Many manufacturers use the annual IMS Exhibition as a launching point for a new product. For instance, Keysight Technologies (Booth 1239), which earlier in the year had expanded its UXA series of signal analyzers for coverage from 3 Hz to 50 GHz (see "New-Look Analyzers Scour Bandwidths from 3 Hz to 50 GHz"), plans to introduce an innovative new family of device current analyzers—the company’s first such product line (see “Analyzers Measure Device Microcurrents").

Test Measures Up at IMS

The exhibition will be a showcase for many of this industry’s leading test-and-measurement equipment developers. Anritsu Co. (Booth 949) tackles remote spectrum monitoring with a family of portable, modular spectrum analyzers, including the model MS27101A (Fig. 1). The instruments are very much the image of modern high-frequency test equipment, in compact, modular form, working with optional Vision software on a Microsoft-Windows-compatible personal computer (PC) and the computer’s display screen via a USB connection. It integrates a web server that allows access anywhere in the world via Internet browser for truly remote, off-site monitoring.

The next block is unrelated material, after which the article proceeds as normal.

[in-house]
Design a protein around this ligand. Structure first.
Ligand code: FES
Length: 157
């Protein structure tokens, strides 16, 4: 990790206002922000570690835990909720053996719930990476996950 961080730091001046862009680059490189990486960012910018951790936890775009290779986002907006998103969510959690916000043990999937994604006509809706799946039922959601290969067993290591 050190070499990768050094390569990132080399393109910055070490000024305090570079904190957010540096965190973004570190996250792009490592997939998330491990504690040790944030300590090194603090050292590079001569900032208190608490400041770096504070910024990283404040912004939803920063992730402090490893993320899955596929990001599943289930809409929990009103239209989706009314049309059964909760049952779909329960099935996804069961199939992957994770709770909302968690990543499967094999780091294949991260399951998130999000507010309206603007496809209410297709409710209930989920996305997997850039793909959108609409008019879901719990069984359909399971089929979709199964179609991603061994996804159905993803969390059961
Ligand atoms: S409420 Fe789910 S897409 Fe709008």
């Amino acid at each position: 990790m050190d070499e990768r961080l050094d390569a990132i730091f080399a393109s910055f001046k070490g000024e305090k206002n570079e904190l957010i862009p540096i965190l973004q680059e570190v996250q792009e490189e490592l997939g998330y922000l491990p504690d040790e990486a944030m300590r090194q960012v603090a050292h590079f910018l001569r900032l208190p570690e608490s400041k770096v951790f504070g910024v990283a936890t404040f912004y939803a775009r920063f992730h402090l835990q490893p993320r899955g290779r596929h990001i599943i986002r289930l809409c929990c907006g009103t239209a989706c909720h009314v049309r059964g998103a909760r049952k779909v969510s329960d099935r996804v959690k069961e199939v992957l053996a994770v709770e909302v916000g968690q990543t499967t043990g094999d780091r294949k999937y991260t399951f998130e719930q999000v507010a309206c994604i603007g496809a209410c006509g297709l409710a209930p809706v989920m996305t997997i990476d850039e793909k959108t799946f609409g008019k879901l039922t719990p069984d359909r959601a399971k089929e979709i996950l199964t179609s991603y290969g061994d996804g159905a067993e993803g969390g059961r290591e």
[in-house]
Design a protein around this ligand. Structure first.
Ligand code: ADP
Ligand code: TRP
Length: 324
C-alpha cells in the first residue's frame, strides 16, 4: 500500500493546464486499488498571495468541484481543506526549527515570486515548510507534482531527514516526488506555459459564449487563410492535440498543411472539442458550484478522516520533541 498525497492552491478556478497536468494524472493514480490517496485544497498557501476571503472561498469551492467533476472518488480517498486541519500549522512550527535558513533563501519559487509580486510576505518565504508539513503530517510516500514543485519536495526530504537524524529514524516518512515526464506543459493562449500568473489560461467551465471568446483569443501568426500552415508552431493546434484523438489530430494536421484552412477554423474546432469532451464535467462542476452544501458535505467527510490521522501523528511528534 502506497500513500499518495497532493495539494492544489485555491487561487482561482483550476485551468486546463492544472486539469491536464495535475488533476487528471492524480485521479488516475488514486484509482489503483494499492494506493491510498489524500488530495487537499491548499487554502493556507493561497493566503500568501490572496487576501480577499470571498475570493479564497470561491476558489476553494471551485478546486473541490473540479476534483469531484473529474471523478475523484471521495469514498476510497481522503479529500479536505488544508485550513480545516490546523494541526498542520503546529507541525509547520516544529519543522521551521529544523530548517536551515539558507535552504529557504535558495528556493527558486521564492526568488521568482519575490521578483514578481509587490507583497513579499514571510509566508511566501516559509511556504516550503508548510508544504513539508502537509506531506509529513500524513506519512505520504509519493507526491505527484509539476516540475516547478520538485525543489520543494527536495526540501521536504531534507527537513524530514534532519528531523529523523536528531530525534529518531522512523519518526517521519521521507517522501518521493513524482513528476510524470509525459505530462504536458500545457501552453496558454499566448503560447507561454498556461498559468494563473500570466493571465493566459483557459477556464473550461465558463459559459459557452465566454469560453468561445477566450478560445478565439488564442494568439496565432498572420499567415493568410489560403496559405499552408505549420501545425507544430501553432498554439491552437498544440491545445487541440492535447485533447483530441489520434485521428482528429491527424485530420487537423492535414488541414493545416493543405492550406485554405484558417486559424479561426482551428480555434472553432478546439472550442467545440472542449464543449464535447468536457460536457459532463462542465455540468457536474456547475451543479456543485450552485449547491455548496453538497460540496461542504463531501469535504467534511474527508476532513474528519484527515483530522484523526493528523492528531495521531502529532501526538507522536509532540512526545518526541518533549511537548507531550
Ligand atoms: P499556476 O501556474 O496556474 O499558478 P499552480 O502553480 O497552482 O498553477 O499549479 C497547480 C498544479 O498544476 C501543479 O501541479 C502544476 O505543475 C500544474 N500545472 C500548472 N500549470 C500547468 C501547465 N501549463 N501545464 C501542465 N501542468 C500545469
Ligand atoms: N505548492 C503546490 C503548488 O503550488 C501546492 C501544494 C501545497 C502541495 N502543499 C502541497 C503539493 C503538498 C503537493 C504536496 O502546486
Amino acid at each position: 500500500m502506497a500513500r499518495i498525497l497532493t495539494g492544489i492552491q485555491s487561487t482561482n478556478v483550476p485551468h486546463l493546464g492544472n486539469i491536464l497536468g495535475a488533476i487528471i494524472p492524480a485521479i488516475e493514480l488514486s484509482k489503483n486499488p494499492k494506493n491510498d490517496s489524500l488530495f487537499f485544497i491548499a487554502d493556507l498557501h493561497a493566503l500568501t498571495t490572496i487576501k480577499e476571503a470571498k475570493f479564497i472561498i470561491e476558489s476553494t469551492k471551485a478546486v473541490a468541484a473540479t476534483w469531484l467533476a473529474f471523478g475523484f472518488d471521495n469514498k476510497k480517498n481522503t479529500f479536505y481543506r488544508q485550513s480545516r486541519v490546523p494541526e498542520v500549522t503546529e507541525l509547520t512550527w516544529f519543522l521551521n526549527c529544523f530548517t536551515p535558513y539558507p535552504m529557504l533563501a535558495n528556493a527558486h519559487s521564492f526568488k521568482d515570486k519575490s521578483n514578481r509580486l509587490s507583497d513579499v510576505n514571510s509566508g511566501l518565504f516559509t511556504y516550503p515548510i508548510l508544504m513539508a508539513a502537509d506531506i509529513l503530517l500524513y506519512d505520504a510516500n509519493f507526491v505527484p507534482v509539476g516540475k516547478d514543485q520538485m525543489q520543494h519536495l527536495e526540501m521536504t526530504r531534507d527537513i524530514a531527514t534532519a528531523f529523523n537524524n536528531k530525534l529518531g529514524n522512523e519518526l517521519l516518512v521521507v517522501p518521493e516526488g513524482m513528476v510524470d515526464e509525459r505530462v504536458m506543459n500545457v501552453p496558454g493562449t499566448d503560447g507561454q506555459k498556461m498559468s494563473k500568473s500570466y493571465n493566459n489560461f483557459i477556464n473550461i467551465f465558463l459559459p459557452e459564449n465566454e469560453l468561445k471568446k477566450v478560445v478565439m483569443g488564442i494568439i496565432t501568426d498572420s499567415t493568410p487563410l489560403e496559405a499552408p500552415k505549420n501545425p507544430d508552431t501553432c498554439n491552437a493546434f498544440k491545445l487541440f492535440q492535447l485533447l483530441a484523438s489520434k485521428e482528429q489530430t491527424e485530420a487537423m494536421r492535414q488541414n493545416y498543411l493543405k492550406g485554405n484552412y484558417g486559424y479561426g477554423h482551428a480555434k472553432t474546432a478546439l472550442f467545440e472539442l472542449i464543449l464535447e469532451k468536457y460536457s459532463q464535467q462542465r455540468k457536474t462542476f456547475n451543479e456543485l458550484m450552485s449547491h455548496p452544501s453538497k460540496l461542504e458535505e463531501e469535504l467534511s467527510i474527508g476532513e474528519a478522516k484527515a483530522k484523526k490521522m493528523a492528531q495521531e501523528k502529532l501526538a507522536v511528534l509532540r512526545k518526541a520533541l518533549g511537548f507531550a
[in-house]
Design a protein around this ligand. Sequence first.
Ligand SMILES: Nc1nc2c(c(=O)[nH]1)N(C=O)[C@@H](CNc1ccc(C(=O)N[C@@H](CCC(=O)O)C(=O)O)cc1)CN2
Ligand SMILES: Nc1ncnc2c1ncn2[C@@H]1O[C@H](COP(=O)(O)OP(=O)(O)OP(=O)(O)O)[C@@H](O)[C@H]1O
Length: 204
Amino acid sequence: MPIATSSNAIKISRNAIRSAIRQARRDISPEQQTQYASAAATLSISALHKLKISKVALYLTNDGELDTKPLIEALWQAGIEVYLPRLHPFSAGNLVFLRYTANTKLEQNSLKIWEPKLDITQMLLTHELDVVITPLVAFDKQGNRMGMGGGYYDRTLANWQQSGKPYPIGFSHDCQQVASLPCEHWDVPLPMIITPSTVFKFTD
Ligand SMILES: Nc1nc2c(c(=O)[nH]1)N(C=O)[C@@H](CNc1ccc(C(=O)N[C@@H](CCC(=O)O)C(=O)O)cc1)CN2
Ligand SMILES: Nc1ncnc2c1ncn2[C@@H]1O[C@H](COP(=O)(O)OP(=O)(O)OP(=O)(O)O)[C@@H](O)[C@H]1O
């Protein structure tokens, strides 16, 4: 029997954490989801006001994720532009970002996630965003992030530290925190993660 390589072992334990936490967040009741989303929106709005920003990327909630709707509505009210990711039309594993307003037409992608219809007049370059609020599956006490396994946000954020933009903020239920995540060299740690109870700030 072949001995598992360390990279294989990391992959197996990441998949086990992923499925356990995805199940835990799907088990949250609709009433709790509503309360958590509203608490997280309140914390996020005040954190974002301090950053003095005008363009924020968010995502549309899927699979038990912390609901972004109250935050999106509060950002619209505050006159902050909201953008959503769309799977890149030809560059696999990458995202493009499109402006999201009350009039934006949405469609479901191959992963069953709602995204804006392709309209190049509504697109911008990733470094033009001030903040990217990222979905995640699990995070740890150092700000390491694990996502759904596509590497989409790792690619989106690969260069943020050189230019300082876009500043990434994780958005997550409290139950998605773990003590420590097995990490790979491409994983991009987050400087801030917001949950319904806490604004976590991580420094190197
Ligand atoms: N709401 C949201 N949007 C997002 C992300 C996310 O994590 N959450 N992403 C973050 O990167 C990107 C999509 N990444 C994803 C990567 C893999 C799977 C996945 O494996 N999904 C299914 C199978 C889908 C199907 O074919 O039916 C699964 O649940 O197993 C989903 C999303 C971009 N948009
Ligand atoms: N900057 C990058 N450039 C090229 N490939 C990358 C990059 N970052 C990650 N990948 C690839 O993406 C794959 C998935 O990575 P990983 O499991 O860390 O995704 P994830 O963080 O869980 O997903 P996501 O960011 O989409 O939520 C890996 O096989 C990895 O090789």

1. A growing number of test instruments are becoming modular, such as this portable USB spectrum analyzer designed for use with a portable computer for remote spectrum monitoring. (Courtesy of Anritsu Co.)

They can be used to find and identify interference signals, helping wireless-network operators eliminate communications-systems problems. Given the growth of wireless services, including the growing wave of wireless Internet of Things (IoT) devices in the vicinity of wireless networks, remote spectrum monitoring helps locate unlicensed or interfering signals at sweep rates to 24 GHz/s. The IP67-rated instrument is housed in a half-rack enclosure and designed for outdoor use. It operates on a mere 11 W of power, enabling it to be powered by solar cells in remote applications. Three or more units can be used together to triangulate the location of an interference signal.

Boonton Electronics (Booth 1830) will show its RF power meters/sensors and modulation analyzers, including the completely redesigned model 4500B peak power analyzer. It works with different sensors for peak power measurements from 1 MHz to 40 GHz. Depending on the choice of sensor, the 4500B can deliver a 70-dB power measurement range, reading pulsed signal levels from –50 to +20 dBm and modulated signal levels from –60 to +20 dBm.